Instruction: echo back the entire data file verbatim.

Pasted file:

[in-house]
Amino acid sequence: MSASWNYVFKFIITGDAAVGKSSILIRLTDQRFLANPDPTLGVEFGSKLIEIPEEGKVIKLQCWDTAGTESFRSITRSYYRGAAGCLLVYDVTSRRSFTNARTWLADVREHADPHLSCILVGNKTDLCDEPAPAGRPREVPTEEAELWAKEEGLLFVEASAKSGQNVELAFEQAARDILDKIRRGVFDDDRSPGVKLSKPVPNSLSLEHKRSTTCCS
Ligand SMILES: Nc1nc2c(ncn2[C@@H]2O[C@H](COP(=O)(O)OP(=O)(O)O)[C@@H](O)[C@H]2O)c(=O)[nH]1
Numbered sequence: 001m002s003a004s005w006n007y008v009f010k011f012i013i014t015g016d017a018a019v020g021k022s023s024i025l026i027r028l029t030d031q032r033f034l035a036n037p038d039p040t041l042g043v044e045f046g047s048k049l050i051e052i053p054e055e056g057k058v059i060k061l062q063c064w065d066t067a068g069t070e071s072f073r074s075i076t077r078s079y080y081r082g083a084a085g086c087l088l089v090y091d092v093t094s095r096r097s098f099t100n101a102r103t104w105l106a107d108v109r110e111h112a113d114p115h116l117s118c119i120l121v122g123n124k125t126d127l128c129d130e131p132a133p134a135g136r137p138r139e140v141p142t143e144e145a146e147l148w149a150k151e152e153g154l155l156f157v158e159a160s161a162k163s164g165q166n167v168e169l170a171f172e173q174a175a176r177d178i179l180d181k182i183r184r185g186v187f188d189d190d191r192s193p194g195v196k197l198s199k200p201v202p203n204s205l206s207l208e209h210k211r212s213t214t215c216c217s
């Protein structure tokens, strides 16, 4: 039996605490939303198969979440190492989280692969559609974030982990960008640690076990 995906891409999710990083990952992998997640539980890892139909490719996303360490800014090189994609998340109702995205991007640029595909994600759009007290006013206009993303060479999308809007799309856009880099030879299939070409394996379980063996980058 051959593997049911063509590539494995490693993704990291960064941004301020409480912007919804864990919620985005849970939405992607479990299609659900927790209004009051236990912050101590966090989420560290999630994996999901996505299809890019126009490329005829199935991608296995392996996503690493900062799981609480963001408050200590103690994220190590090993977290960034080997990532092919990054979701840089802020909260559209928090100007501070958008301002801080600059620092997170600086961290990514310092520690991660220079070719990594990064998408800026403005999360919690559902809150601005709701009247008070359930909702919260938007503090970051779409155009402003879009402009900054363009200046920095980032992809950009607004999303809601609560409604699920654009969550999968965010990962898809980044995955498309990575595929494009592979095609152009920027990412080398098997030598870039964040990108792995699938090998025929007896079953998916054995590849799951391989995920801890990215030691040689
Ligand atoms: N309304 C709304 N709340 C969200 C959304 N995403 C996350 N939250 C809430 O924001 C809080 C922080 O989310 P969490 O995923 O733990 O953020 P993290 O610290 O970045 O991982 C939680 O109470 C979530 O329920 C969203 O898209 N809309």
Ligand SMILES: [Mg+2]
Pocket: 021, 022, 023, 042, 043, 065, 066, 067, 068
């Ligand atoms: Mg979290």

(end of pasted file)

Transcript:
[in-house]
Amino acid sequence: MSASWNYVFKFIITGDAAVGKSSILIRLTDQRFLANPDPTLGVEFGSKLIEIPEEGKVIKLQCWDTAGTESFRSITRSYYRGAAGCLLVYDVTSRRSFTNARTWLADVREHADPHLSCILVGNKTDLCDEPAPAGRPREVPTEEAELWAKEEGLLFVEASAKSGQNVELAFEQAARDILDKIRRGVFDDDRSPGVKLSKPVPNSLSLEHKRSTTCCS
Ligand SMILES: Nc1nc2c(ncn2[C@@H]2O[C@H](COP(=O)(O)OP(=O)(O)O)[C@@H](O)[C@H]2O)c(=O)[nH]1
Numbered sequence: 001m002s003a004s005w006n007y008v009f010k011f012i013i014t015g016d017a018a019v020g021k022s023s024i025l026i027r028l029t030d031q032r033f034l035a036n037p038d039p040t041l042g043v044e045f046g047s048k049l050i051e052i053p054e055e056g057k058v059i060k061l062q063c064w065d066t067a068g069t070e071s072f073r074s075i076t077r078s079y080y081r082g083a084a085g086c087l088l089v090y091d092v093t094s095r096r097s098f099t100n101a102r103t104w105l106a107d108v109r110e111h112a113d114p115h116l117s118c119i120l121v122g123n124k125t126d127l128c129d130e131p132a133p134a135g136r137p138r139e140v141p142t143e144e145a146e147l148w149a150k151e152e153g154l155l156f157v158e159a160s161a162k163s164g165q166n167v168e169l170a171f172e173q174a175a176r177d178i179l180d181k182i183r184r185g186v187f188d189d190d191r192s193p194g195v196k197l198s199k200p201v202p203n204s205l206s207l208e209h210k211r212s213t214t215c216c217s
């Protein structure tokens, strides 16, 4: 039996605490939303198969979440190492989280692969559609974030982990960008640690076990 995906891409999710990083990952992998997640539980890892139909490719996303360490800014090189994609998340109702995205991007640029595909994600759009007290006013206009993303060479999308809007799309856009880099030879299939070409394996379980063996980058 051959593997049911063509590539494995490693993704990291960064941004301020409480912007919804864990919620985005849970939405992607479990299609659900927790209004009051236990912050101590966090989420560290999630994996999901996505299809890019126009490329005829199935991608296995392996996503690493900062799981609480963001408050200590103690994220190590090993977290960034080997990532092919990054979701840089802020909260559209928090100007501070958008301002801080600059620092997170600086961290990514310092520690991660220079070719990594990064998408800026403005999360919690559902809150601005709701009247008070359930909702919260938007503090970051779409155009402003879009402009900054363009200046920095980032992809950009607004999303809601609560409604699920654009969550999968965010990962898809980044995955498309990575595929494009592979095609152009920027990412080398098997030598870039964040990108792995699938090998025929007896079953998916054995590849799951391989995920801890990215030691040689
Ligand atoms: N309304 C709304 N709340 C969200 C959304 N995403 C996350 N939250 C809430 O924001 C809080 C922080 O989310 P969490 O995923 O733990 O953020 P993290 O610290 O970045 O991982 C939680 O109470 C979530 O329920 C969203 O898209 N809309």
Ligand SMILES: [Mg+2]
Pocket: 021, 022, 023, 042, 043, 065, 066, 067, 068
């Ligand atoms: Mg979290």